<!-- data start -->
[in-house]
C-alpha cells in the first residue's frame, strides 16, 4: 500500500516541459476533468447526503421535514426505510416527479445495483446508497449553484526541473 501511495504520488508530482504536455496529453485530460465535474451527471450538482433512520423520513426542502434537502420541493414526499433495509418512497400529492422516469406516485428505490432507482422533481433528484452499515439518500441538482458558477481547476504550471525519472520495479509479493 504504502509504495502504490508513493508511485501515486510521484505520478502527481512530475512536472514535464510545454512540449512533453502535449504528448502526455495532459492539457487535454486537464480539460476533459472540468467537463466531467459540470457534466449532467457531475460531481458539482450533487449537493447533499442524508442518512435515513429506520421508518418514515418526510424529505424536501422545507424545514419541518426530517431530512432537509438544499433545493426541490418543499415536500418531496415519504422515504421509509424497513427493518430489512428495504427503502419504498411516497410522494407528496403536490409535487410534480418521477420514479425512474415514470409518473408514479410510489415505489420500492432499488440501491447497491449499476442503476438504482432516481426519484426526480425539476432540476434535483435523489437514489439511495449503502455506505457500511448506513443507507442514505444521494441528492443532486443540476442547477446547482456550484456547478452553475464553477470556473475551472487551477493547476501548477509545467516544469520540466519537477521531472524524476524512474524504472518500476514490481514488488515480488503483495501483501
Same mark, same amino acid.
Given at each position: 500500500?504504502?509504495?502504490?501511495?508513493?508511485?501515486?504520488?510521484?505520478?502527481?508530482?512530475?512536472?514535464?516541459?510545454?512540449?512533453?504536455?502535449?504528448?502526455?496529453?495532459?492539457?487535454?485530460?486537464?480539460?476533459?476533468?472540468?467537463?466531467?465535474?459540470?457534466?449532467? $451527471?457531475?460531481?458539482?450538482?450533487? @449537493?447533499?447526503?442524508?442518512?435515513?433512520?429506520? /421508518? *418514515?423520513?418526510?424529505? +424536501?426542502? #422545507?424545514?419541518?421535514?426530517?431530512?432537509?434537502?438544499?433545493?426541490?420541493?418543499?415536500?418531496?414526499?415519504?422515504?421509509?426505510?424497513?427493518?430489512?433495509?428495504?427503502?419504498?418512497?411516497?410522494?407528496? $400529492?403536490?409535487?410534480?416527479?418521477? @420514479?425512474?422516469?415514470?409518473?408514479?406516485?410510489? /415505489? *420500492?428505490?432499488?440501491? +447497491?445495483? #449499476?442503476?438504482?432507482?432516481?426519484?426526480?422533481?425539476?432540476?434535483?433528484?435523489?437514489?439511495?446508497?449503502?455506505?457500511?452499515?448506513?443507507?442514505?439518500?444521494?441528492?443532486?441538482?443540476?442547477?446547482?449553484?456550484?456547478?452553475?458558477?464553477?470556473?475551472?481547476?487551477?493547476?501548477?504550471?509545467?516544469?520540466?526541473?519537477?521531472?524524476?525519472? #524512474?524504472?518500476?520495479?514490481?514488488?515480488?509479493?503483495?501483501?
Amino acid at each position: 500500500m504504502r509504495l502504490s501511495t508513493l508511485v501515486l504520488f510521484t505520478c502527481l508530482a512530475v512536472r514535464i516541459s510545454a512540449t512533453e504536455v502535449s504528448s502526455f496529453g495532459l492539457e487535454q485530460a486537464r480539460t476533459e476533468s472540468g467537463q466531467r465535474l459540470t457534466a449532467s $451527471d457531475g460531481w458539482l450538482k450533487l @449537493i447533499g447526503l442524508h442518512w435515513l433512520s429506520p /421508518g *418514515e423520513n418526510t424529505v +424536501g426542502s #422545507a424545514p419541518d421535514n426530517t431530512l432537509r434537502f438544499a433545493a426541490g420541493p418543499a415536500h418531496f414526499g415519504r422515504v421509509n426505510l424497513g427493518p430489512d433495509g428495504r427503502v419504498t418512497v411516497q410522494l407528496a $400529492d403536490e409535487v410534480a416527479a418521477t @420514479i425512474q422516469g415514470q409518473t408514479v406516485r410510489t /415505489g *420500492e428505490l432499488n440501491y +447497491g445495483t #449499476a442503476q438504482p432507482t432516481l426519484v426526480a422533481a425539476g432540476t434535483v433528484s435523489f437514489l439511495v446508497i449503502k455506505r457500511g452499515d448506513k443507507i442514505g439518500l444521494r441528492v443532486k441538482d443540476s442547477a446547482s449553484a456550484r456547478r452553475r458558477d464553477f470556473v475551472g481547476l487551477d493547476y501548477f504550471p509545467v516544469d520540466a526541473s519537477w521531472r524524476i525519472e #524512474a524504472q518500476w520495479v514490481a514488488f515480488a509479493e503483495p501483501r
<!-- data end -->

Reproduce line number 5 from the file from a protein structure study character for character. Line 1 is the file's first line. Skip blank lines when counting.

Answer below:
Amino acid at each position: 500500500m504504502r509504495l502504490s501511495t508513493l508511485v501515486l504520488f510521484t505520478c502527481l508530482a512530475v512536472r514535464i516541459s510545454a512540449t512533453e504536455v502535449s504528448s502526455f496529453g495532459l492539457e487535454q485530460a486537464r480539460t476533459e476533468s472540468g467537463q466531467r465535474l459540470t457534466a449532467s $451527471d457531475g460531481w458539482l450538482k450533487l @449537493i447533499g447526503l442524508h442518512w435515513l433512520s429506520p /421508518g *418514515e423520513n418526510t424529505v +424536501g426542502s #422545507a424545514p419541518d421535514n426530517t431530512l432537509r434537502f438544499a433545493a426541490g420541493p418543499a415536500h418531496f414526499g415519504r422515504v421509509n426505510l424497513g427493518p430489512d433495509g428495504r427503502v419504498t418512497v411516497q410522494l407528496a $400529492d403536490e409535487v410534480a416527479a418521477t @420514479i425512474q422516469g415514470q409518473t408514479v406516485r410510489t /415505489g *420500492e428505490l432499488n440501491y +447497491g445495483t #449499476a442503476q438504482p432507482t432516481l426519484v426526480a422533481a425539476g432540476t434535483v433528484s435523489f437514489l439511495v446508497i449503502k455506505r457500511g452499515d448506513k443507507i442514505g439518500l444521494r441528492v443532486k441538482d443540476s442547477a446547482s449553484a456550484r456547478r452553475r458558477d464553477f470556473v475551472g481547476l487551477d493547476y501548477f504550471p509545467v516544469d520540466a526541473s519537477w521531472r524524476i525519472e #524512474a524504472q518500476w520495479v514490481a514488488f515480488a509479493e503483495p501483501r